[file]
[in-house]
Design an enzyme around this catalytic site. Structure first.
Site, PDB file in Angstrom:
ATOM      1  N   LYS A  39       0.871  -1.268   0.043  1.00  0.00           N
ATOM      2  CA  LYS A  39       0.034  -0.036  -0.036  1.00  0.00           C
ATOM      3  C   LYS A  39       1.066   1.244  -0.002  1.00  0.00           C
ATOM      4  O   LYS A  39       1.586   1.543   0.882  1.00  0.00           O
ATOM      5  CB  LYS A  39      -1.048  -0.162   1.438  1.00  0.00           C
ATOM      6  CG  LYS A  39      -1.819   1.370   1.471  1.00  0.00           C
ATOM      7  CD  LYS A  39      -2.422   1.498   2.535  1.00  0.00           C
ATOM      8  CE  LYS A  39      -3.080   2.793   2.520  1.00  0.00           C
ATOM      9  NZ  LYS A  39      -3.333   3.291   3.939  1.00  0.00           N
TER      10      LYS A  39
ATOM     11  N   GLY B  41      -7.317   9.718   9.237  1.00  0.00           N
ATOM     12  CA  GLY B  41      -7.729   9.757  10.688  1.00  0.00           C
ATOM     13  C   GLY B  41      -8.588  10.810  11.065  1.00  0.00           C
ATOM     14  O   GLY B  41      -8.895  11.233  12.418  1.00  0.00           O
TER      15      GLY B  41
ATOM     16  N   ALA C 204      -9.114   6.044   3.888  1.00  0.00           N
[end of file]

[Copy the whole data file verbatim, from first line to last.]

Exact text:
[in-house]
Design an enzyme around this catalytic site. Structure first.
Site, PDB file in Angstrom:
ATOM      1  N   LYS A  39       0.871  -1.268   0.043  1.00  0.00           N
ATOM      2  CA  LYS A  39       0.034  -0.036  -0.036  1.00  0.00           C
ATOM      3  C   LYS A  39       1.066   1.244  -0.002  1.00  0.00           C
ATOM      4  O   LYS A  39       1.586   1.543   0.882  1.00  0.00           O
ATOM      5  CB  LYS A  39      -1.048  -0.162   1.438  1.00  0.00           C
ATOM      6  CG  LYS A  39      -1.819   1.370   1.471  1.00  0.00           C
ATOM      7  CD  LYS A  39      -2.422   1.498   2.535  1.00  0.00           C
ATOM      8  CE  LYS A  39      -3.080   2.793   2.520  1.00  0.00           C
ATOM      9  NZ  LYS A  39      -3.333   3.291   3.939  1.00  0.00           N
TER      10      LYS A  39
ATOM     11  N   GLY B  41      -7.317   9.718   9.237  1.00  0.00           N
ATOM     12  CA  GLY B  41      -7.729   9.757  10.688  1.00  0.00           C
ATOM     13  C   GLY B  41      -8.588  10.810  11.065  1.00  0.00           C
ATOM     14  O   GLY B  41      -8.895  11.233  12.418  1.00  0.00           O
TER      15      GLY B  41
ATOM     16  N   ALA C 204      -9.114   6.044   3.888  1.00  0.00           N